Originally posted in October 2016, this is the first Bill Wynn outtake.
Bill was on probation. He got three weeks in the workhouse and a two hundred-fifty dollar fine. He actually spent seventeen days in jail and they waived the fine, but he came away from it all pretty broken and with a police record to boot. The police record meant he couldn’t get a job so he had no money, no prospective income, nowhere to turn for help except his probation officer.
Those days, the probation officer determined how often you had to report. Bill reported the week after he was released from the workhouse since that was required. Bailey, his PO, made the next face-to-face for four weeks away and decided regular visits were to be monthly. Bill wasn’t exactly a flight risk or a danger. He was busted at an anti-war protest and still insisted he hadn’t done what they said he did. It reminded him of a character in a story who said they had the papers on him so he guessed he did what they said he did. Then he said he didn’t really remember and it didn’t matter anyway.
That first monthly visit changed Bill’s life. He just didn’t know it at the time. That’s when he met Robert, the guy in workhouse blues who looked like he was going to cry. Bill offered him a cigarette, but he said he didn’t smoke. Bill told him he didn’t have any money otherwise he would have given it to him for his commissary. Robert asked him how he knew about the commissary. Bill told him he just got out a month ago.
Bailey was sympathetic to Bill’s plight. Bill wanted Bailey to help him get a job. Any kind of job, Bill told him. “I don’t care what the hell it is,” he said. “I can’t pay my rent.” Bailey said he’d do what he could.
Bill didn’t have much hope. He didn’t have much hope about getting a job or about Bailey helping him. He lay in bed at night remembering. The judge banged down the gavel and then he was clad in shackles on the bus to the workhouse. He had that sick feeling deep in the pit of his stomach. That feeling would never leave him again, never, although sometimes it would go on hiatus for different periods of time, some of them even longer periods.
“Policemen don’t lie,” the judge said. The judge’s name was Shul. They called him “hang ’em high Shul,” because he was the toughest, most conservative judge they had there in Columbus. The town itself was quite conservative once you were away from the university area. Bill had been walking downtown and a cop singled him out from about fifteen people who were crossing in the middle of the block and not in the crosswalk.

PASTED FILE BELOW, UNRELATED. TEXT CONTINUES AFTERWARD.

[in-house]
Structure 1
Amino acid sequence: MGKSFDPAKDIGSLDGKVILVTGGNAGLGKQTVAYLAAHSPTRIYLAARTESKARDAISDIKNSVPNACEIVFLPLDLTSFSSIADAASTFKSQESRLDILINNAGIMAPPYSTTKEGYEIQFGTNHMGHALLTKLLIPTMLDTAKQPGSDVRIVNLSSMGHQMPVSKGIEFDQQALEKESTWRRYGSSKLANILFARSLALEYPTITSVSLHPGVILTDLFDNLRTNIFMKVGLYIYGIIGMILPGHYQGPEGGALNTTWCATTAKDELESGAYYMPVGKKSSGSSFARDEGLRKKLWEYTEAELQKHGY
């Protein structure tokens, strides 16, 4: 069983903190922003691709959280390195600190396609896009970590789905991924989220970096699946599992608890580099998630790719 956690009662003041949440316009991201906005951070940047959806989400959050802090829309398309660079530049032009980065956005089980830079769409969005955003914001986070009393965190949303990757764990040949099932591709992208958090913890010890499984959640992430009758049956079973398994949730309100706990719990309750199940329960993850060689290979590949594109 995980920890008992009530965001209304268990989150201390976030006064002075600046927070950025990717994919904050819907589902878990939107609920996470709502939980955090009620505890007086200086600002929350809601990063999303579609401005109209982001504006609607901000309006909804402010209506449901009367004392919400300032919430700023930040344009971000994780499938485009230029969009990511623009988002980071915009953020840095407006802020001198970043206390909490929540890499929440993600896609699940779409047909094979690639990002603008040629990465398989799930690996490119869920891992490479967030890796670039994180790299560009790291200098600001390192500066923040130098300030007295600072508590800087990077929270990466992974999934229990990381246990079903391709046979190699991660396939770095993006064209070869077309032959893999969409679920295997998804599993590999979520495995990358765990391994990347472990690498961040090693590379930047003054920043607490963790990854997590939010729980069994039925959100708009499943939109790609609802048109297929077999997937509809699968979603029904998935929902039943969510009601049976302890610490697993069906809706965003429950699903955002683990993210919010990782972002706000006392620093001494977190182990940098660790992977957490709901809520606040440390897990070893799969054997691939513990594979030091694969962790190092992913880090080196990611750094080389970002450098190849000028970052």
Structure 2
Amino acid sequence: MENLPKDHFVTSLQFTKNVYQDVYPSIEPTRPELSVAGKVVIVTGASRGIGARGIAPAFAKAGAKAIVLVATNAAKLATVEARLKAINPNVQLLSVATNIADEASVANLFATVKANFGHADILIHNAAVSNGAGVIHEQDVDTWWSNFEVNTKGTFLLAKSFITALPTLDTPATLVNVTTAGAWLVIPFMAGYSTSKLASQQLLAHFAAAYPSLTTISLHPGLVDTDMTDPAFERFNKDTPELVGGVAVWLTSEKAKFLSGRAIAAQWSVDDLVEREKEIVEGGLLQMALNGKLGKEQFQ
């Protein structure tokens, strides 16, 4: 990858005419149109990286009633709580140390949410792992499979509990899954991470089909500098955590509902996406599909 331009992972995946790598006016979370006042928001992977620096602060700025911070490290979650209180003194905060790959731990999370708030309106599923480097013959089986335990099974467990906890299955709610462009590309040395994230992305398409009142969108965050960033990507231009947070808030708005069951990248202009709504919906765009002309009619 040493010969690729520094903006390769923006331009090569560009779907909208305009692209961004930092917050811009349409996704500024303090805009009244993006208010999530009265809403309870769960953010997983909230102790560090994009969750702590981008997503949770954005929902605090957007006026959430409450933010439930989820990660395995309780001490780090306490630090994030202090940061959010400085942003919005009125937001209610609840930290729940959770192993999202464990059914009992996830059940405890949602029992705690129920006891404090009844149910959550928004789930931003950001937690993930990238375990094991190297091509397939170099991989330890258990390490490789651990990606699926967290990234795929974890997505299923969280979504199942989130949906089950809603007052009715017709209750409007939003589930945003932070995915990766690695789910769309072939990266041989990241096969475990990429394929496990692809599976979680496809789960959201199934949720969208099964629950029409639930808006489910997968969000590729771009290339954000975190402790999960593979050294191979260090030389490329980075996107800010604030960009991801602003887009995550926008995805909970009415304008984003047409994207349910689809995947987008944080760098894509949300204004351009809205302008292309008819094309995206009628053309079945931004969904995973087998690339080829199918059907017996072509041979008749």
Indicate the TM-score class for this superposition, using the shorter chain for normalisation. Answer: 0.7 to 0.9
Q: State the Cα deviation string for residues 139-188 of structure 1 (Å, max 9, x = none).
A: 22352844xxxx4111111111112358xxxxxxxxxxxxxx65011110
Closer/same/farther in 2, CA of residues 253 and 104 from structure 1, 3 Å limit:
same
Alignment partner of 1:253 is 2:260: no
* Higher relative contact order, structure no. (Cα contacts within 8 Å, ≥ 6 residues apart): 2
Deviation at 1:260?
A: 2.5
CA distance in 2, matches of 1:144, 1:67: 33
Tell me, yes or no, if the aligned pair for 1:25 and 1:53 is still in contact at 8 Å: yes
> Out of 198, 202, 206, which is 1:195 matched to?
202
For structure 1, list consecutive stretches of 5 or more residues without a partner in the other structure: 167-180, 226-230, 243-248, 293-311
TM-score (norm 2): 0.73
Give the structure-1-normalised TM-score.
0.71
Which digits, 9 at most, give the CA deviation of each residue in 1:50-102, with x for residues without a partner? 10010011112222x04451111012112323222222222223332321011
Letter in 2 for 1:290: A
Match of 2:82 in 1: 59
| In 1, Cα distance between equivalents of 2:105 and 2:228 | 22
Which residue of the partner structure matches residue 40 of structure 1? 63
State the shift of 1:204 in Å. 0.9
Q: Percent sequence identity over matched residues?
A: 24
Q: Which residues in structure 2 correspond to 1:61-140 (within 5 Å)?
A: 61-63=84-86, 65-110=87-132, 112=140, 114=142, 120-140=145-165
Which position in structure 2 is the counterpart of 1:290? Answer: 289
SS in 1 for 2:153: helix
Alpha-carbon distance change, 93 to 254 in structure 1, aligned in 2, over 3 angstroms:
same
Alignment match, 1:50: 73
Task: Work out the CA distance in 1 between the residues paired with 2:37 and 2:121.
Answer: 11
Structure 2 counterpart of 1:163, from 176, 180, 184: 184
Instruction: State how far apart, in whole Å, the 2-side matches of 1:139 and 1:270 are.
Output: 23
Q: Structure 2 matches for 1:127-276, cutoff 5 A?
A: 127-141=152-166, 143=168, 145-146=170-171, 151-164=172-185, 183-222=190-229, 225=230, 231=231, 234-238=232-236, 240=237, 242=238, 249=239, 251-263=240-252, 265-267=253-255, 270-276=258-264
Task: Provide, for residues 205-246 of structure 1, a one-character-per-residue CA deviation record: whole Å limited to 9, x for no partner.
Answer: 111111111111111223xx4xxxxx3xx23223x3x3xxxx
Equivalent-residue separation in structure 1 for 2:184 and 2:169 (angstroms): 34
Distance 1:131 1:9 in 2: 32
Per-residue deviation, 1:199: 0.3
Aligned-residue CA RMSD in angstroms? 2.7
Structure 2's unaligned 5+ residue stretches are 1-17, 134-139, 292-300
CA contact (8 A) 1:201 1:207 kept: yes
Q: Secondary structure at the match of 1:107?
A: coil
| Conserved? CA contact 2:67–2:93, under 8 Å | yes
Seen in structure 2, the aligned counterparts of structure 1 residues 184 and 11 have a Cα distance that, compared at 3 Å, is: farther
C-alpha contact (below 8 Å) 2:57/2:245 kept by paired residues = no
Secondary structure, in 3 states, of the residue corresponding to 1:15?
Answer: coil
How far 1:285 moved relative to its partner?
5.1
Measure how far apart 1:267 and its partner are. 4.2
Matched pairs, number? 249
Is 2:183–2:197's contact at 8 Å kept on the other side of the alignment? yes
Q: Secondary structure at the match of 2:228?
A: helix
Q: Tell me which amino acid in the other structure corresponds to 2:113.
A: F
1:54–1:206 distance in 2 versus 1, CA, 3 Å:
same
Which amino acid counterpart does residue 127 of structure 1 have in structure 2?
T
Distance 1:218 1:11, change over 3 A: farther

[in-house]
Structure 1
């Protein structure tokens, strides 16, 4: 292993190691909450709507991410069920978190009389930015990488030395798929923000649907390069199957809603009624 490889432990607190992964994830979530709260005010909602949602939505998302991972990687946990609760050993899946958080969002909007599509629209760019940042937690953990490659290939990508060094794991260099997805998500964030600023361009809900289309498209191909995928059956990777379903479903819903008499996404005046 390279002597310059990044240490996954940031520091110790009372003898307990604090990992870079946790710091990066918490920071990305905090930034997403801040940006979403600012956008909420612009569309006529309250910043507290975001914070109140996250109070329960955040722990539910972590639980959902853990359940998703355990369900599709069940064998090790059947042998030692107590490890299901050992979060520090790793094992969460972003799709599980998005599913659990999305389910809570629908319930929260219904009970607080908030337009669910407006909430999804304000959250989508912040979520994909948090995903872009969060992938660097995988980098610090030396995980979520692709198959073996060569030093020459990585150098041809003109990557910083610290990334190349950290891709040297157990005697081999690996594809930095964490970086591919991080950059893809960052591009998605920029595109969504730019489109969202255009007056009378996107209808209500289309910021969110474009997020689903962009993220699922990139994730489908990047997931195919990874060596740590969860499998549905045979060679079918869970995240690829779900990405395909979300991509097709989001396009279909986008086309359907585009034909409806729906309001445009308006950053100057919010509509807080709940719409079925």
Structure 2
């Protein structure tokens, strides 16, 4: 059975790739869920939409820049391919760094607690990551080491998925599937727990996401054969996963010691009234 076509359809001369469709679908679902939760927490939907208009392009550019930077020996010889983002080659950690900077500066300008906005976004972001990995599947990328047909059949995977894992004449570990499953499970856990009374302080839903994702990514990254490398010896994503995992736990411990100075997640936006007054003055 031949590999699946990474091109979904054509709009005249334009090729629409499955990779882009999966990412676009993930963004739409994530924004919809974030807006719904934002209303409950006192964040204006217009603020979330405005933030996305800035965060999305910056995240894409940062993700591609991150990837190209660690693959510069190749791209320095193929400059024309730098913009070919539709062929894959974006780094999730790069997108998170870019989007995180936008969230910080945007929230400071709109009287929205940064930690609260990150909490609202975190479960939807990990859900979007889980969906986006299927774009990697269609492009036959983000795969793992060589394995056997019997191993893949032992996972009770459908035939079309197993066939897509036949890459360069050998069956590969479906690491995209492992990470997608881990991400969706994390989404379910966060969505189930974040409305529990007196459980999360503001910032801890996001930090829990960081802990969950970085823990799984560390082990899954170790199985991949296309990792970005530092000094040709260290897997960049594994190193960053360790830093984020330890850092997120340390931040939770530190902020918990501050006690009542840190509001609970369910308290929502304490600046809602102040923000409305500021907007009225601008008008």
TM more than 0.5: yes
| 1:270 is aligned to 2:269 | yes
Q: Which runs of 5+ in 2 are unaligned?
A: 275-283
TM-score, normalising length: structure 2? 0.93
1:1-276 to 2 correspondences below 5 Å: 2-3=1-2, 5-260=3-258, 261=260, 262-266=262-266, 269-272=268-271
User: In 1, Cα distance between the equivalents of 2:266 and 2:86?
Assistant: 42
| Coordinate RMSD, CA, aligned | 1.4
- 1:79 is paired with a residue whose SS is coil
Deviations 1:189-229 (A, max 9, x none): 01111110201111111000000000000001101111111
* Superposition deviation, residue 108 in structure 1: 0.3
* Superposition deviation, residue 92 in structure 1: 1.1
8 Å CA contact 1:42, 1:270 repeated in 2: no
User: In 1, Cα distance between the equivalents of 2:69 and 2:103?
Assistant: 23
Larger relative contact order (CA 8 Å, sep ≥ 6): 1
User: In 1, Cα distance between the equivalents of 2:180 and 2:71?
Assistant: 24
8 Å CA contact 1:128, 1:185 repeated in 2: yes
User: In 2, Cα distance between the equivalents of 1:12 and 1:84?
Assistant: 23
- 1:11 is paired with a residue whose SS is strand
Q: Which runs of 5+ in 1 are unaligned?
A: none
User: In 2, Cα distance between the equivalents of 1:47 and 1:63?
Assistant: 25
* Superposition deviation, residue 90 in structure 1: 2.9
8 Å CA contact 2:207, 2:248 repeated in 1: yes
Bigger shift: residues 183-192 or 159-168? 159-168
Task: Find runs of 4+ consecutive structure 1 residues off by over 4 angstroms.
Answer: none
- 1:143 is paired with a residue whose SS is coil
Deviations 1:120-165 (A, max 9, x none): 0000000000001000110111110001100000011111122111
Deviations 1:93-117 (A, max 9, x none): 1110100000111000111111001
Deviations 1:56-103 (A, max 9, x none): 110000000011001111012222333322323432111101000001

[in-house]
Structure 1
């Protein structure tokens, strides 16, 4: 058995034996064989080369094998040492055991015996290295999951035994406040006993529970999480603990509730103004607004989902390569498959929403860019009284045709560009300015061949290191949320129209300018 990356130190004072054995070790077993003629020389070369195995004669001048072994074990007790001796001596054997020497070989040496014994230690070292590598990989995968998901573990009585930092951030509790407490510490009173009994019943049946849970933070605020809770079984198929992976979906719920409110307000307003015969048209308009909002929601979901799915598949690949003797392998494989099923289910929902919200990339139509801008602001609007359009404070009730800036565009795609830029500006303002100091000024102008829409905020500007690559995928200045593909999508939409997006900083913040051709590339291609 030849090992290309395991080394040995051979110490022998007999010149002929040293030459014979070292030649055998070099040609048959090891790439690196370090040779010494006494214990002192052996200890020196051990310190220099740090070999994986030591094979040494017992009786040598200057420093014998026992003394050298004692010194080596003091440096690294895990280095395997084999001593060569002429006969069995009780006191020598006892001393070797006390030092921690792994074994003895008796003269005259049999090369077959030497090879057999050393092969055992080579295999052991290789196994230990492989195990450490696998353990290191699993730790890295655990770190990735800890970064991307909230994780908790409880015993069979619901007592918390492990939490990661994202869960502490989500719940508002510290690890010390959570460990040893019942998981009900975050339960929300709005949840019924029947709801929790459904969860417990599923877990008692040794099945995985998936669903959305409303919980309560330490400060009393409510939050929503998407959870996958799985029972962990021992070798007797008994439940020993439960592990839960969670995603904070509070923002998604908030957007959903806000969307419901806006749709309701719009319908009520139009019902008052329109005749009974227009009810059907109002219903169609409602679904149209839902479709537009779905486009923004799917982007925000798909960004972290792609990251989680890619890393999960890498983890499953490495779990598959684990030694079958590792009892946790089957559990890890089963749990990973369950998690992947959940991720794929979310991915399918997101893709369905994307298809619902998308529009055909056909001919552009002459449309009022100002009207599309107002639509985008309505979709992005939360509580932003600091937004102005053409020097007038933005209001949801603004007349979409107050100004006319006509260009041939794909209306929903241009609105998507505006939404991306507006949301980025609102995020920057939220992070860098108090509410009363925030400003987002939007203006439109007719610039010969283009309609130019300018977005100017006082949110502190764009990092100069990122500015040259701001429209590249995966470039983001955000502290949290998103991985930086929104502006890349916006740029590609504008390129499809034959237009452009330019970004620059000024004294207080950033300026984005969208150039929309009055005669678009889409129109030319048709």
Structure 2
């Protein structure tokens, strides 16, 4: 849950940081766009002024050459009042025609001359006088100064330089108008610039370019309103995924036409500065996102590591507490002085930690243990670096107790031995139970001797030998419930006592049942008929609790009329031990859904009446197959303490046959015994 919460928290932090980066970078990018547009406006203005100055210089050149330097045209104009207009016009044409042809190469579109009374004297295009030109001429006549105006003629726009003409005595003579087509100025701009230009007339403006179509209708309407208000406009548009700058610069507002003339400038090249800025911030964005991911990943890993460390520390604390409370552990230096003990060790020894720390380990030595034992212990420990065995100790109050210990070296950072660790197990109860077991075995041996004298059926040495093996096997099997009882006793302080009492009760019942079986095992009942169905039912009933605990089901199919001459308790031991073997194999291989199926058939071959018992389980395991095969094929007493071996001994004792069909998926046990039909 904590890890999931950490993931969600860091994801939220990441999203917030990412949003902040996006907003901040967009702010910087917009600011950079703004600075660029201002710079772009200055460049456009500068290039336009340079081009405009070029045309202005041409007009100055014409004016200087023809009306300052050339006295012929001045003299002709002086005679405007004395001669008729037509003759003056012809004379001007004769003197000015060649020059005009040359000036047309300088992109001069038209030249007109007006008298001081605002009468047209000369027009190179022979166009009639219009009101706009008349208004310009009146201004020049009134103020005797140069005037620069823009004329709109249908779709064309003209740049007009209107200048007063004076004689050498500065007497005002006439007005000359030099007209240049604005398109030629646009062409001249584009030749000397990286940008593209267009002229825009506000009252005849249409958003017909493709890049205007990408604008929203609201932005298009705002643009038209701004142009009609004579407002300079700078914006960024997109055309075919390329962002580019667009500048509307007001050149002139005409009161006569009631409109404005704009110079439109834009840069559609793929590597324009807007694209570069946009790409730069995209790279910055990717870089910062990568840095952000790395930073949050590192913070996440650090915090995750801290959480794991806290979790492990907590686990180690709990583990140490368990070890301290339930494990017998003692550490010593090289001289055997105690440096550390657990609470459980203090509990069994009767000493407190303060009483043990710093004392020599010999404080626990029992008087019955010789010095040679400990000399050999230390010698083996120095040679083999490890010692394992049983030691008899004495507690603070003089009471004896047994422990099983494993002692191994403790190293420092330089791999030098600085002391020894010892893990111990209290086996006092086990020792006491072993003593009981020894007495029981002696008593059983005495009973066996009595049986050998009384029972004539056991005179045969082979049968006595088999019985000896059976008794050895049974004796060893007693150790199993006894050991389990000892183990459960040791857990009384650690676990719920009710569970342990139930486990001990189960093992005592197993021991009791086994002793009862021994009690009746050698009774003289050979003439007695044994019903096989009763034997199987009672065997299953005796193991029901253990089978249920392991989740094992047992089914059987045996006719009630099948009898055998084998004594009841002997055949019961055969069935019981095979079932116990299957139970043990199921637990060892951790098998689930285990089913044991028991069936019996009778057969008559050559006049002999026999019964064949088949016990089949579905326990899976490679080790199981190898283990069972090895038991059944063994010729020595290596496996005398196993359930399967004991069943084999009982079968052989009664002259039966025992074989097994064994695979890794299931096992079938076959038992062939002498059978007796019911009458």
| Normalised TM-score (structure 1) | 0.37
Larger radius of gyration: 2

“Giving you a jaywalking ticket,” he said.
“What about all the others who were with me?”
“Shut up you goddamn hippie.”
Bill started to say something but the cop cut him off. “Say another word and I’ll run you in,” he said.
Bill didn’t go back downtown again until he was visiting his PO. By then, after the workhouse, you’d never have known he was a hippie.
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The shooting yesterday was tragic. Make no mistake about it. But it is a true metaphor for where we have come to in our society. It should be a wake-up call, but as our past performance indicates, more than likely it won’t be.
As it is wont to do, the media has already run with the event. The blame game started almost immediately and the media quickly assumed its current role of aiding and abetting their political favorites in assuaging their consciences and casting aspersions on their opponents. Isn’t that what got us here, to this shooting, in the first place?
Meanwhile, as Steve Scalise fights for his life, our illustrious leaders do what they always do which is talk BS. They speak in platitudes and make symbolic statements and gestures. They play, not a baseball game, but the jockey-for-position game. They fight, not to serve the American people but to be first to appear as if they really care about the American people and the country. Their past performances, pick a side, right or left, show that to them appearance is everything and they are engaged in not working for the American people but in putting forward the appearance that they are.
Some reality exists behind the façade. First, their reality is not our reality. Not too long ago in the scope of history the United States was formed as a government for the people and by the people. Intrinsically, that meant the people were supposed to run the government for the benefit of the people. With the advent of career politicians, those whose lifelong job is being politicians, the government of the United States shifted. Our leaders forgot about serving the people and began the quest to stay employed. Or, like the paramount premise of evolution, they took on the notion that staying employed was their first priority and a matter of survival of the fittest. It’s called Social Darwinism. Social Darwinism is the greatest corrupter of our institutions, our governments throughout the world, and yes, of humankind, for man is by nature selfish and greedy.